According to unofficial statistics, Syrians are also the largest refugee population in the Arab world, followed by Yemenis, Libyans and Sudanese.

Hossam El-Khouli, secretary-general of the Egyptian Nation’s Future Party, said: “The EU … should call for the repatriation of refugees if conditions are appropriate.”

He said: “As for the right of asylum … a number of countries have granted asylum to criminals who have committed violent crimes against their own people and homelands.”

Summit participants intend to debate the necessity of combating this kind of migration, especially given its impact on the security and economy of many countries. 

Margaret Azer, an Egyptian lawmaker, said a country’s economic conditions are one of the main drivers of illegal immigration.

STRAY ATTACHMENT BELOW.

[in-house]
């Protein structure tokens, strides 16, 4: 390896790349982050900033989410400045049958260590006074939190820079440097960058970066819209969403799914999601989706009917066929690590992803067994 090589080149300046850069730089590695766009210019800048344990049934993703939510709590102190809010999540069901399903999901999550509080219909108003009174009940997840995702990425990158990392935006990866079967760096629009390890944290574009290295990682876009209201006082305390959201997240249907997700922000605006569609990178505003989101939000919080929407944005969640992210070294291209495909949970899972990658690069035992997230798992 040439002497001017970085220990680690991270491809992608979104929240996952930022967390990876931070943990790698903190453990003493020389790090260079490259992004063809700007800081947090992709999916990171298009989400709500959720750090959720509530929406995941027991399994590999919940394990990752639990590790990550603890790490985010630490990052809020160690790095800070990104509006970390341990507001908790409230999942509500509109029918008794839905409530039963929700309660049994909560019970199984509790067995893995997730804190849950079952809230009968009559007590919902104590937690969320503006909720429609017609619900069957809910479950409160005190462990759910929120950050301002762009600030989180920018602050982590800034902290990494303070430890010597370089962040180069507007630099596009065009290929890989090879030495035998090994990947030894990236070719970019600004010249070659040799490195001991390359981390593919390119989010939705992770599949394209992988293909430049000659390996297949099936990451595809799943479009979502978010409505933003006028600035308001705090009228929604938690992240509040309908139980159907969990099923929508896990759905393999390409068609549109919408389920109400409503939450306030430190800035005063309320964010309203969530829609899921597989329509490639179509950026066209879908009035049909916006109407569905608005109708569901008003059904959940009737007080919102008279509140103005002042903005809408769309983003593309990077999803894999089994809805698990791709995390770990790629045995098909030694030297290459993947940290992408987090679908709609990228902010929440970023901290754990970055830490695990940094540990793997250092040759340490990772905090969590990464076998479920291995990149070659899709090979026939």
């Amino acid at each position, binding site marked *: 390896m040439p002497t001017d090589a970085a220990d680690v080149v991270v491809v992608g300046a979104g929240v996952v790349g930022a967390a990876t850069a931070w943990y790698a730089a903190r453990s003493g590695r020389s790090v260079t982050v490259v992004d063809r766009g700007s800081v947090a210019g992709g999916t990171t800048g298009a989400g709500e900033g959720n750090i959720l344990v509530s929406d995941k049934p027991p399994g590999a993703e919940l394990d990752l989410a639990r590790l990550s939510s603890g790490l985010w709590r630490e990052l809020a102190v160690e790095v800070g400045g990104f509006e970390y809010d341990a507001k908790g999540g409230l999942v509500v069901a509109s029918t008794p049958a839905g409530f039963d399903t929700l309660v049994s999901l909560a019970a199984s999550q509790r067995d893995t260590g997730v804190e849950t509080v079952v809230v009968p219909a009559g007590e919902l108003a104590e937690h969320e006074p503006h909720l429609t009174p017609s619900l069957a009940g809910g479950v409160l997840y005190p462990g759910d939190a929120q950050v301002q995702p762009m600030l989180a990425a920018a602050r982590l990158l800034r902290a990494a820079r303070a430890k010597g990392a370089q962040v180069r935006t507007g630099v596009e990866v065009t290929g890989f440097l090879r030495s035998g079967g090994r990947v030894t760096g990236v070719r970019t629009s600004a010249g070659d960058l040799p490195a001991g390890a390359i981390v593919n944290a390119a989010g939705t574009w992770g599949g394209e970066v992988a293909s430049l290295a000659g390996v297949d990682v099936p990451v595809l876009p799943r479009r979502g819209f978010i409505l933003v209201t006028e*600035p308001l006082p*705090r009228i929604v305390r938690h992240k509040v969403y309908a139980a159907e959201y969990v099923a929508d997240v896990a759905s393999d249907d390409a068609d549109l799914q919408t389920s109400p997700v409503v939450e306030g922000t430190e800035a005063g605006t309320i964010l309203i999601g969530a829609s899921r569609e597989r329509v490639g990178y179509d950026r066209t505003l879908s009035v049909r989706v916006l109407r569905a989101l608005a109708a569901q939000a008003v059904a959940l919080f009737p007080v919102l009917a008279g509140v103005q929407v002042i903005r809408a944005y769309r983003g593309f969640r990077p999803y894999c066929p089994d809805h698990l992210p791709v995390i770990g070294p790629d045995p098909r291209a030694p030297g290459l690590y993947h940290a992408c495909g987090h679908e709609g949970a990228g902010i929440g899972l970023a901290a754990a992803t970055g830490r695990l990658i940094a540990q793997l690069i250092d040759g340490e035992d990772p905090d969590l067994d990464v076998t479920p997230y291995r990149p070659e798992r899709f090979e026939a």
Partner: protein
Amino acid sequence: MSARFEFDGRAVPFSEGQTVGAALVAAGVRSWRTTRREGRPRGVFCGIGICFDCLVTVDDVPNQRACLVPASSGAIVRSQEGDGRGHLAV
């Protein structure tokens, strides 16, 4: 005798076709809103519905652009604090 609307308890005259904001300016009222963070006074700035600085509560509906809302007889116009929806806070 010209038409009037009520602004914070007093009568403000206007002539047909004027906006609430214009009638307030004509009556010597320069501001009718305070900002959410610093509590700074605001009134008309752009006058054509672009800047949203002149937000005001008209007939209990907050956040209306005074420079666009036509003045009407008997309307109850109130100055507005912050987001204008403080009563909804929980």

“The decline of political conditions in several countries is (also) contributing to the rise in numbers of people seeking illegal immigration,” she told Arab News. 

“For example, we see that the biggest percentage of immigrants in Europe are from countries like Syria and Libya. The reason could also be religious or sectarian persecution, as is the case in Myanmar.”

Frontex President Fabrice Leggeri said although the number of migrants arriving in Europe dropped to 150,114 in 2018 compared to 204,750 in 2017, the agency continues to support border controls by providing more workers and technology.